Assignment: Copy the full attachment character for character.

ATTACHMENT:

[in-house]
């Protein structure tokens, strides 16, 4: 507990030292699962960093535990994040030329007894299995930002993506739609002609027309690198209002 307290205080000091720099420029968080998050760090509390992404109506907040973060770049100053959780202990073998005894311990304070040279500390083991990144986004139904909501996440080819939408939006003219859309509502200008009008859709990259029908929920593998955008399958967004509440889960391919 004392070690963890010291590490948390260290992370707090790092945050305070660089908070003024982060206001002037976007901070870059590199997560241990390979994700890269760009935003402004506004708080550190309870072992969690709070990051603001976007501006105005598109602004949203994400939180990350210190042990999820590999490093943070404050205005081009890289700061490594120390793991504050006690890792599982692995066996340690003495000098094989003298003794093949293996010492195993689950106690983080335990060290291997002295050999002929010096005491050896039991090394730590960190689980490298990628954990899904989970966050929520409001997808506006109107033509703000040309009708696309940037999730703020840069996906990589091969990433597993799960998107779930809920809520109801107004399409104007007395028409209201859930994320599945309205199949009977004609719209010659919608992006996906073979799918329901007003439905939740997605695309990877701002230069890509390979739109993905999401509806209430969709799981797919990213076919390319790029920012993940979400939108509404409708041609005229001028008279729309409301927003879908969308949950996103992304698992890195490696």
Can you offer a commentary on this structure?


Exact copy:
[in-house]
């Protein structure tokens, strides 16, 4: 507990030292699962960093535990994040030329007894299995930002993506739609002609027309690198209002 307290205080000091720099420029968080998050760090509390992404109506907040973060770049100053959780202990073998005894311990304070040279500390083991990144986004139904909501996440080819939408939006003219859309509502200008009008859709990259029908929920593998955008399958967004509440889960391919 004392070690963890010291590490948390260290992370707090790092945050305070660089908070003024982060206001002037976007901070870059590199997560241990390979994700890269760009935003402004506004708080550190309870072992969690709070990051603001976007501006105005598109602004949203994400939180990350210190042990999820590999490093943070404050205005081009890289700061490594120390793991504050006690890792599982692995066996340690003495000098094989003298003794093949293996010492195993689950106690983080335990060290291997002295050999002929010096005491050896039991090394730590960190689980490298990628954990899904989970966050929520409001997808506006109107033509703000040309009708696309940037999730703020840069996906990589091969990433597993799960998107779930809920809520109801107004399409104007007395028409209201859930994320599945309205199949009977004609719209010659919608992006996906073979799918329901007003439905939740997605695309990877701002230069890509390979739109993905999401509806209430969709799981797919990213076919390319790029920012993940979400939108509404409708041609005229001028008279729309409301927003879908969308949950996103992304698992890195490696």
Can you offer a commentary on this structure?